Emma Claire knows better than most how urgent is the need for more people to become foster carers.
She has lived in the foster care system since she was five, shifting from one household to another, in and out of the Murraylands.
Her journey began on a school day.
"Some DCP (Department for Child Protection) people came to the front office," she said.
"I felt quite confused.
"I didn't know what was happening ... I just wanted my mum and dad and wanted them to embrace me and tell me everything was going to be OK, though I realised later it was not."
Her earlier memories were of violence, police visits and absences from school.
"I remember looking after my siblings and needing to be their mum," she said.
"I still carry that - I want to look after other kids even if they're not my siblings.
"I didn't live like a child."
After the department's intervention, Emma, not her real name, was placed with a family about two hours away from her old life.
It was a great environment until her birth sister, who was more troubled by her past experiences and needed more attention, came to live with them.
Emma began to feel invisible again, and her behaviour went downhill.
In the end she moved in with a new carer.
But after several years, that carer became ineligible to keep her and she had to move on again, to a whirlpool of short stays around South Australia, including at residential houses Emma described as abusive - "not the best place to be".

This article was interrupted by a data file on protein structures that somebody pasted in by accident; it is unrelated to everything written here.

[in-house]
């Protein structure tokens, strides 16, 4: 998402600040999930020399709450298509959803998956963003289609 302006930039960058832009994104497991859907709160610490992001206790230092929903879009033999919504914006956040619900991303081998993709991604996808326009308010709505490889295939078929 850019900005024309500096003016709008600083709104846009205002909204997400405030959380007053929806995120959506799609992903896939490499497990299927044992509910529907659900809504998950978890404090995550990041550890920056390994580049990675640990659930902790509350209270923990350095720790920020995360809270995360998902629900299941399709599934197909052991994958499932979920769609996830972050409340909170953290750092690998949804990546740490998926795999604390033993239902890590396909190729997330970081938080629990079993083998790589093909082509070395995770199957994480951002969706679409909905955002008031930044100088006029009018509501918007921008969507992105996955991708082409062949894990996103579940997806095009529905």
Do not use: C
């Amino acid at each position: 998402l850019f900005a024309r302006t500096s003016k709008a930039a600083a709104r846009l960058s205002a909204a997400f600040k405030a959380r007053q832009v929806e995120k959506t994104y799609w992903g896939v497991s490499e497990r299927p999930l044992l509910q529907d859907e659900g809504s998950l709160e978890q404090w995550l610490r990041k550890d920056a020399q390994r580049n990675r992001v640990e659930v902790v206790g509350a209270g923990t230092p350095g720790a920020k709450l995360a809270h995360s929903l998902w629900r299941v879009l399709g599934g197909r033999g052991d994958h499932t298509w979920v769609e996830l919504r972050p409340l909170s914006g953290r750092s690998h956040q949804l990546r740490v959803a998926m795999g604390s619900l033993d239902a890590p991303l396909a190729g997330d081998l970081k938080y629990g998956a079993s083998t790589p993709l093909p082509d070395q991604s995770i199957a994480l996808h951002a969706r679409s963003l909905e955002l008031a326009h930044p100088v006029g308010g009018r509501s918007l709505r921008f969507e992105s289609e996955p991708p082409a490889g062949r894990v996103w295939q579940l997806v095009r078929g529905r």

"Moving to some of those houses made it 10 times worse," she said.
"The bullying made it 10 times worse, from kids at school - they knew my story, or they worked it out pretty quickly."
At one stage she required 24-hour monitoring for her own safety.
But a social worker, youth mental health organisation Headspace and "tons of counselling" had begun to help her break through the darkness, she said.
She was soon to start at a new school, hoped to study hairdressing, and planned to publish a book about her experiences.
Hindsight had taught her that every foster child just needed a family, she said: people who could offer the love and compassion children had missed out on, and a safe environment in which to grow up even if they felt like their childhoods had already passed by.
"All kids are the same," she said.
"There are different cards we've been dealt; we've just all got to use them to the best of our ability."